May Assembly

May Assembly (Serbian: Мајска скупштина / Majska skupština) was the national assembly of the Serbs in Austrian Empire, held on 1 and 3 May 1848 in Sremski Karlovci, during which the Serbs proclaimed autonomous Serbian Vojvodina. This action was later recognized by the supreme Austrian authority in Vienna. The May Assembly was part of the European Revolutions of 1848.

Proclamation of Serbian Vojvodina – May Assembly in 1848 in Sremski Karlovci. Author: Pavle Simić (1818–1876).


After news of the Paris revolution of 1848 reached the Austrian Empire, the absolutist reign of Klemens Wenzel, Prince von Metternich was weakened. At this time the regions of Banat, Bačka and Syrmia were administratively divided between the Habsburg Kingdom of Hungary (in the north) and the Habsburg Military Frontier (in the south). A sizeable percent of the Austrian soldiers serving on the Military Frontier were ethnic Serbs, who protected Austrian borders in exchange for certain political freedoms that they were able to enjoy within the frontier, whose administration functioned independently from the county-system of the Habsburg Kingdom of Hungary.

After the outbreak of the revolution in the Habsburg Kingdom of Hungary on 15 March 1848, the new government of the kingdom refused to accept the Serbs' request for recognition of their national rights, taking a stance that all citizens of the Kingdom of Hungary are Hungarians. Serbs, whose national rights and freedoms were previously regulated within the Habsburg monarchy saw the Hungarian position as a degradation of their status. After the initial Serb political demands for recognition of their national rights were rejected by the new government of the Kingdom of Hungary, Serb demands became more radical and the Serb national movement turned against the new revolutionary government of the Kingdom of Hungary.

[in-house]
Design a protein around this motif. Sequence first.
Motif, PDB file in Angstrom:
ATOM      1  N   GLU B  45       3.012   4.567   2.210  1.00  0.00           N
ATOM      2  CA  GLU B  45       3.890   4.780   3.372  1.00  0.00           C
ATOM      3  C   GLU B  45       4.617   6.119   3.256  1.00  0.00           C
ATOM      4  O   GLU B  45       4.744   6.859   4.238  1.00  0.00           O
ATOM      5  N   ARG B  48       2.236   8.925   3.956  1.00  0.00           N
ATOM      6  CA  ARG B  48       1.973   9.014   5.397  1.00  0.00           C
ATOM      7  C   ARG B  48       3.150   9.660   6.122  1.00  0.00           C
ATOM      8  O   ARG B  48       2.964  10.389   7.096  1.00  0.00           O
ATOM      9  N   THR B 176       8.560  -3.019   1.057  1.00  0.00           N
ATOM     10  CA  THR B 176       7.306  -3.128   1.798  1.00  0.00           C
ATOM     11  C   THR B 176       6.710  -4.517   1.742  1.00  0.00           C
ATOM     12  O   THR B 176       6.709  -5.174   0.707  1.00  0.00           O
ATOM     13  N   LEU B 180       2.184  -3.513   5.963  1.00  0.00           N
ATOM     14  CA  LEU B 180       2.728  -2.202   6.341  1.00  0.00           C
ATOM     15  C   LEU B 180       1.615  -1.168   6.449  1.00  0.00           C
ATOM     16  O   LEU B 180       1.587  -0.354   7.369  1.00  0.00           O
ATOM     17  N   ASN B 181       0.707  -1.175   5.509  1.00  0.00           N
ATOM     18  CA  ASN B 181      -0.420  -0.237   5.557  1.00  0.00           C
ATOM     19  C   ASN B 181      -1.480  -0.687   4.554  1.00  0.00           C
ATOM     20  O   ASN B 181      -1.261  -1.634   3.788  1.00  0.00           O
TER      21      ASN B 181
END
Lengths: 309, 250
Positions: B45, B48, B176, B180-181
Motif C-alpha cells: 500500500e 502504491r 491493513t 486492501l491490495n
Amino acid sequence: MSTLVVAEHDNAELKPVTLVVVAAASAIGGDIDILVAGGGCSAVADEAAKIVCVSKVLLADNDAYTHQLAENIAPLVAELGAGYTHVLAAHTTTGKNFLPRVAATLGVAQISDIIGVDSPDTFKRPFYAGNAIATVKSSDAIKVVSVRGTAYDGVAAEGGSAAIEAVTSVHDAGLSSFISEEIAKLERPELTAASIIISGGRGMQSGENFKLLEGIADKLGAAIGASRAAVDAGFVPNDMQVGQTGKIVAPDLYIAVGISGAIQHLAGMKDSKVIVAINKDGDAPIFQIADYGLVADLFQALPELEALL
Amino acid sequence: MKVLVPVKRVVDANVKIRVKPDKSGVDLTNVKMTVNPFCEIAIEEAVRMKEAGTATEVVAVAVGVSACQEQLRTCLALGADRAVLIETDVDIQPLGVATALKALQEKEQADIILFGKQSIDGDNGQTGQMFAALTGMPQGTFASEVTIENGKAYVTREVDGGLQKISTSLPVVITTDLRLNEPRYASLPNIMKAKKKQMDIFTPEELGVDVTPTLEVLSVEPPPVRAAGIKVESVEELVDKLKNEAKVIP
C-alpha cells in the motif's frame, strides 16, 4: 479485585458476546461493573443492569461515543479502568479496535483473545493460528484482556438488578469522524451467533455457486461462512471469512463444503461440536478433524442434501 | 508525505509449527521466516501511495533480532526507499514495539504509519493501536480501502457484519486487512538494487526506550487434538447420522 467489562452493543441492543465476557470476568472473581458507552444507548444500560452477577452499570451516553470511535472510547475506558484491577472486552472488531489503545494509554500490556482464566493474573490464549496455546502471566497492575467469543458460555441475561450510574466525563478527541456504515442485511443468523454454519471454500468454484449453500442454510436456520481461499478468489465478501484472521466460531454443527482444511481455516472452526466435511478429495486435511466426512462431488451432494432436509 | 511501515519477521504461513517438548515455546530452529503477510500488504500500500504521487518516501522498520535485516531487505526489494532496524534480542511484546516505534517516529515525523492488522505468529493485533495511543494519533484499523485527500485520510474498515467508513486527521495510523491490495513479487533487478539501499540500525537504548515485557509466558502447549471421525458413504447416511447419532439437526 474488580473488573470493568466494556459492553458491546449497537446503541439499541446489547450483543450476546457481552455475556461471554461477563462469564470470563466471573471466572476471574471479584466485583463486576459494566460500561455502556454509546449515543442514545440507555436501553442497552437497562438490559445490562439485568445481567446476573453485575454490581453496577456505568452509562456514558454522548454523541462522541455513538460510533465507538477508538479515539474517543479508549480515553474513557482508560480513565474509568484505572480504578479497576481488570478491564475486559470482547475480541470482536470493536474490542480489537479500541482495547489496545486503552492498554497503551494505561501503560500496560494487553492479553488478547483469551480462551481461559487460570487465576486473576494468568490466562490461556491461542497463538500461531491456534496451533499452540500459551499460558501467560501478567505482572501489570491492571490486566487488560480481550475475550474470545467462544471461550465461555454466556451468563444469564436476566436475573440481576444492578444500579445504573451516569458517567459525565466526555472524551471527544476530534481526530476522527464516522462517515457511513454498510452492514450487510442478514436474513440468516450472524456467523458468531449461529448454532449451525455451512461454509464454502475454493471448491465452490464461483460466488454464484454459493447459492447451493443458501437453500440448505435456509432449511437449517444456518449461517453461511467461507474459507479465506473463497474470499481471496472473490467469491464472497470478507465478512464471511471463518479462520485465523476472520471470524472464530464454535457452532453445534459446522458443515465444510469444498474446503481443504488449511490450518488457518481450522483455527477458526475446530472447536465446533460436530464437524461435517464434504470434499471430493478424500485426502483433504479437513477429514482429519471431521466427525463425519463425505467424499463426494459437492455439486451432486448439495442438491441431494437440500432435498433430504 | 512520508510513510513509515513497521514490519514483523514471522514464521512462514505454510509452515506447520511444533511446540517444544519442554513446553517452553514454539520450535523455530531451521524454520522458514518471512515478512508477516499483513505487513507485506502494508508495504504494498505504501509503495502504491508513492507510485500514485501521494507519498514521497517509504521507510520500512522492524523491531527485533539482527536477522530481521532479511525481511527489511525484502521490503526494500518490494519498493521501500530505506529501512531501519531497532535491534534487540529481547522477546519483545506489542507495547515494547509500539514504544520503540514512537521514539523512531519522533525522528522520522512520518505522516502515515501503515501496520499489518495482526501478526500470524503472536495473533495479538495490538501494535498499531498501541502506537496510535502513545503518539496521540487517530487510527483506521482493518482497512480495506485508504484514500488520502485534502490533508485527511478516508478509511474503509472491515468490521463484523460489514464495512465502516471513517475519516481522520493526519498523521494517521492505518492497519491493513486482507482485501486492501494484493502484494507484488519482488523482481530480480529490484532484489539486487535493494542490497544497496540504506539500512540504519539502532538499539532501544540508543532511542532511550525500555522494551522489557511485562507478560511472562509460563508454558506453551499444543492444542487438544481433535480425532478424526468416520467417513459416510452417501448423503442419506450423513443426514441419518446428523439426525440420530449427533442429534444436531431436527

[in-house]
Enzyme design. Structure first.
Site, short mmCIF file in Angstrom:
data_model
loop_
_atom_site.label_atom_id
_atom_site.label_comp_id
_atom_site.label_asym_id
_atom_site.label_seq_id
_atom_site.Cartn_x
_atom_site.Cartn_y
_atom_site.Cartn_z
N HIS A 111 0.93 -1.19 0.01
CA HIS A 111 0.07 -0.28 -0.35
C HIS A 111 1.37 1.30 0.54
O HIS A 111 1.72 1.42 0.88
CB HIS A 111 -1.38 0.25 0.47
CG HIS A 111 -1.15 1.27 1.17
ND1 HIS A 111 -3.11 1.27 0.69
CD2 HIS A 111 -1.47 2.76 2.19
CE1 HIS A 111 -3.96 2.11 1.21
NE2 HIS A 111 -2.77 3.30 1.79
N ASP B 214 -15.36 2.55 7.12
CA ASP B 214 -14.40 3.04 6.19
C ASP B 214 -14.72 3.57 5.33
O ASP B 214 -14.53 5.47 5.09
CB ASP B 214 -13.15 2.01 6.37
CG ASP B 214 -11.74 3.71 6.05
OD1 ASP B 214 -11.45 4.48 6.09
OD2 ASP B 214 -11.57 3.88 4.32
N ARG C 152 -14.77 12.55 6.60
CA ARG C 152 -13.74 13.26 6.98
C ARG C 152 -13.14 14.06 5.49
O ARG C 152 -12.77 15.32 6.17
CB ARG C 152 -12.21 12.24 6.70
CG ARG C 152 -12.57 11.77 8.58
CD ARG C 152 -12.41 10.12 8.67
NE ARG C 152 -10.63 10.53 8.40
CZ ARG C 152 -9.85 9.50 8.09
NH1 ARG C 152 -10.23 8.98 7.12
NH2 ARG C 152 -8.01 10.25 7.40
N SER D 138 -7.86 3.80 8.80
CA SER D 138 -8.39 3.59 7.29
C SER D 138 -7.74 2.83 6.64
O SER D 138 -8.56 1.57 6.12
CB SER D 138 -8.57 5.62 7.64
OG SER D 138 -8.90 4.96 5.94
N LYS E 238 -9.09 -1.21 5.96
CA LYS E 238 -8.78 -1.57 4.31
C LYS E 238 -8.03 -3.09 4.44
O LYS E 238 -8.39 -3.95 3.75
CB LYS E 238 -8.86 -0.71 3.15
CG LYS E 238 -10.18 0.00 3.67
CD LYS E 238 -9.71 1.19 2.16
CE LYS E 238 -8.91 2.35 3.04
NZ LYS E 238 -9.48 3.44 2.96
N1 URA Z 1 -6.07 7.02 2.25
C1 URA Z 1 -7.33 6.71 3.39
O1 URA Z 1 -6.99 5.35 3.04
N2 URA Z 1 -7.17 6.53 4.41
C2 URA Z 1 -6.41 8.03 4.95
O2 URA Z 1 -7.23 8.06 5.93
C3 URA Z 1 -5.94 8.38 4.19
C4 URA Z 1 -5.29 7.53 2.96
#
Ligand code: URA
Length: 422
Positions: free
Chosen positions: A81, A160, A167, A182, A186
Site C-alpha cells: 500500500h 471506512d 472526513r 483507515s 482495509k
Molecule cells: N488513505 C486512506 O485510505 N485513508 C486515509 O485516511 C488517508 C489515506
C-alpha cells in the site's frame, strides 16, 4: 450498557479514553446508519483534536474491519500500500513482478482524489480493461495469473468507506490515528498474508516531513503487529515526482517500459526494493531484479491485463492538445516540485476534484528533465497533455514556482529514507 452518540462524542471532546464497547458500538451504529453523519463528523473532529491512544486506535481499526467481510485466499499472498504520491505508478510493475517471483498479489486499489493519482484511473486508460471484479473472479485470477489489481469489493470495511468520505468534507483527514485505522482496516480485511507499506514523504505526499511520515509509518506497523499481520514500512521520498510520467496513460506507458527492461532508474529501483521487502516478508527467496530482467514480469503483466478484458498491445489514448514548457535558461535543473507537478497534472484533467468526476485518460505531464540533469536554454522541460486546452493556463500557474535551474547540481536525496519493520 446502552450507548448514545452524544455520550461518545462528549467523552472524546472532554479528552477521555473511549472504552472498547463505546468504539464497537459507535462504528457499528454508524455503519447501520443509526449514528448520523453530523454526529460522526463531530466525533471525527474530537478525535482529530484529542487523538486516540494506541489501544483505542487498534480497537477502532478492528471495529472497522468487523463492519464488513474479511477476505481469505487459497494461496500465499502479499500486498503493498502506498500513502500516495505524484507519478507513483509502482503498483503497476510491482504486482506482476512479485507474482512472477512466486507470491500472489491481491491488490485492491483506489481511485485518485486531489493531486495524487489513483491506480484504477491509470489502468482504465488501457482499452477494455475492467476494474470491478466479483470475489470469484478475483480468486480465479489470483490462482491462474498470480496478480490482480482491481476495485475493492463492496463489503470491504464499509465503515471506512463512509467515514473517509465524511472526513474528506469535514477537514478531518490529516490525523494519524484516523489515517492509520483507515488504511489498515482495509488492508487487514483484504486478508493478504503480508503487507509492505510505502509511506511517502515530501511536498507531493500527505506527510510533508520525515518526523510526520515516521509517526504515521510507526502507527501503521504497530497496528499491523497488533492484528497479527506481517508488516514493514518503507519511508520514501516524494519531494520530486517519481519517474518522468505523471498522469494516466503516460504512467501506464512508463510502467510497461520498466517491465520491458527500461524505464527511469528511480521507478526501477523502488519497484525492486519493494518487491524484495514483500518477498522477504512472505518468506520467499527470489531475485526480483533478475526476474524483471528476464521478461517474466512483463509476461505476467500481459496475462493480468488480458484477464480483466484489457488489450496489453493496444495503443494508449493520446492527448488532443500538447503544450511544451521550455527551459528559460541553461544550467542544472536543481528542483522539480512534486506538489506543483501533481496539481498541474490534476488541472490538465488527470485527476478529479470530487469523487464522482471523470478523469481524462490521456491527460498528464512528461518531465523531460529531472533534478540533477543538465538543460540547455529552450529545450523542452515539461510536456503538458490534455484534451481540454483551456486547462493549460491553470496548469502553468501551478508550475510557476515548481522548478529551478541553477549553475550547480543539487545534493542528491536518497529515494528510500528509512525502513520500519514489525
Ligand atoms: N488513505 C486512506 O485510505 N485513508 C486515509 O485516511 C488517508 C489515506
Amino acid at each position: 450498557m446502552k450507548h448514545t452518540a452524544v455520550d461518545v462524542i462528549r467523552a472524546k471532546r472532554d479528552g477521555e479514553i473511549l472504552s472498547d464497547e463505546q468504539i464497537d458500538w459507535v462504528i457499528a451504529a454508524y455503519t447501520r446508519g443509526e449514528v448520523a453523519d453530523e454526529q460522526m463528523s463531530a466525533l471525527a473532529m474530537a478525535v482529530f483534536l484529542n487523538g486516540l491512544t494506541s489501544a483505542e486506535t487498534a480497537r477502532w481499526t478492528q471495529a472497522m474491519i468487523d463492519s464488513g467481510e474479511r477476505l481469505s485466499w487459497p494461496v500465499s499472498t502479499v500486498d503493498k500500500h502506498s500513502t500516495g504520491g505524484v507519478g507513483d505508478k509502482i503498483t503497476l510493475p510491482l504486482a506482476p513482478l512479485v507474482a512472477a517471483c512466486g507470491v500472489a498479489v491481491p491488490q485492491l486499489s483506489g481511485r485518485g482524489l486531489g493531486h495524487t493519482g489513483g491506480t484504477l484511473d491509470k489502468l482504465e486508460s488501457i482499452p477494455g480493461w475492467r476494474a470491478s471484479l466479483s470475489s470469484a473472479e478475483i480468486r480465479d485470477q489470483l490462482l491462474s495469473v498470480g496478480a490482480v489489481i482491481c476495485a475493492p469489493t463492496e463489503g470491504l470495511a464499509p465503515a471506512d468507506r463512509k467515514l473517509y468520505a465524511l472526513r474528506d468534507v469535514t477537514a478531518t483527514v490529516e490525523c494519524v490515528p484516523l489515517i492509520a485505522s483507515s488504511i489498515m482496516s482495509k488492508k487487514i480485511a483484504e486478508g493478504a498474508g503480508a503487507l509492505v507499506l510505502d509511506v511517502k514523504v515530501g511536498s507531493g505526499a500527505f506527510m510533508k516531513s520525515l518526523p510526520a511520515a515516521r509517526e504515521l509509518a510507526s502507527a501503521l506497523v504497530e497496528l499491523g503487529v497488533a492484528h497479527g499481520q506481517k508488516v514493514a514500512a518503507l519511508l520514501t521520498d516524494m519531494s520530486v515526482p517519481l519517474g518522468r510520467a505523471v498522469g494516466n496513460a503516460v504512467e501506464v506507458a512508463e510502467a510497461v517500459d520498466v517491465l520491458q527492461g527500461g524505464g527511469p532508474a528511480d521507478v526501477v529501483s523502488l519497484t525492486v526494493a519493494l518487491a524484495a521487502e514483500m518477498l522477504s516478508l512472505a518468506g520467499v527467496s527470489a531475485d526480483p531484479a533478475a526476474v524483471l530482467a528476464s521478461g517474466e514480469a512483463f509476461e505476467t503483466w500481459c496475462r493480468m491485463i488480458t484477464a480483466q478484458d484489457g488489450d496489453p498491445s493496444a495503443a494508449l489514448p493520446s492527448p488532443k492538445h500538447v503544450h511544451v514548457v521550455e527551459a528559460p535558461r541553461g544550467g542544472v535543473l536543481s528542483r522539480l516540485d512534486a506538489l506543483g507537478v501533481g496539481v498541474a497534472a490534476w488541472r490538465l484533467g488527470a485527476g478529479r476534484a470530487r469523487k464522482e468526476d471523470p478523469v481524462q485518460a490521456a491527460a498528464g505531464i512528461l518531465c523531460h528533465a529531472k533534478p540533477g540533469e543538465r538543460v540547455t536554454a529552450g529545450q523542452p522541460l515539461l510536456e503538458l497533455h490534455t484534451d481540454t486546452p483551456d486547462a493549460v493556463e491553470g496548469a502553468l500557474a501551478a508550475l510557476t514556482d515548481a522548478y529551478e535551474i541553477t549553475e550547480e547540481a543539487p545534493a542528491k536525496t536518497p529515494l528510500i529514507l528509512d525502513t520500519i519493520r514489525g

Realizing that Hungarian revolutionary leaders are not willing to recognize national rights of the Serbs, political leaders of the Serbs decided to hold an assembly on which a separate Serb voivodeship within Austrian Empire would be proclaimed.

Assembly was held on 1 and 3 May 1848 in Sremski Karlovci (a town within the Habsburg Military Frontier). The beginning of the May Assembly was declared from the balcony of Sremski Karlovci City Hall. The assembly proclaimed a creation of Serbian Vojvodina and its political alliance with the Triune Kingdom of Croatia, Slavonia and Dalmatia.

During the assembly, Serbian Orthodox Metropolitan Josif Rajačić was elevated to the dignity of the Serbian patriarch (a title formerly held by Arsenije Čarnojević), Đorđe Stratimirović was elected for the Vožd (leader of Serb national movement), while Stevan Šupljikac was declared for a Voivode (duke) of the newly formed voivodeship.

The decisions of the AssemblyEdit

Assembly officially adopted following decisions:[1]


Decisions of the May Assembly were later recognized by the Austrian emperor, who reciprocated to Serbs for participating in the war against Hungarian rebels by official formation of a separate crownland named Voivodeship of Serbia and Banat of Temeschwar (formed in 1849). New Voivodeship was independent from Habsburg Kingdom of Hungary and was directly subordinated to Vienna. It consisted of the regions of Banat, Bačka and Syrmia (municipalities of Ilok and Ruma), excluding parts of mentioned regions that were within the Habsburg Military Frontier. This Voivodeship, however, had somewhat different borders from Serbian Vojvodina that was proclaimed in 1848. It was more ethnically mixed and included eastern parts of Banat with mainly Romanian population, while parts of the Military Frontier in which Serbs formed the majority were not included into new Habsburg crownland.


Jovan Jovanović Zmaj, one of the best-known Serbian poets, derives his nickname (Zmaj) from May Assembly date, 3 May 1848 (in Serbian Cyrillic: 3.мај / Змај; in Latin transliteration: Zmaj).

See alsoEdit


  1. ^ ""Nasa Borba" – Na pravoj ili krivoj strani istorije".

Крестић, Василије, ed. (1983). Срби и Мађари у револуцији 1848-1849. године. Београд: Српска академија наука и уметности.

External linksEdit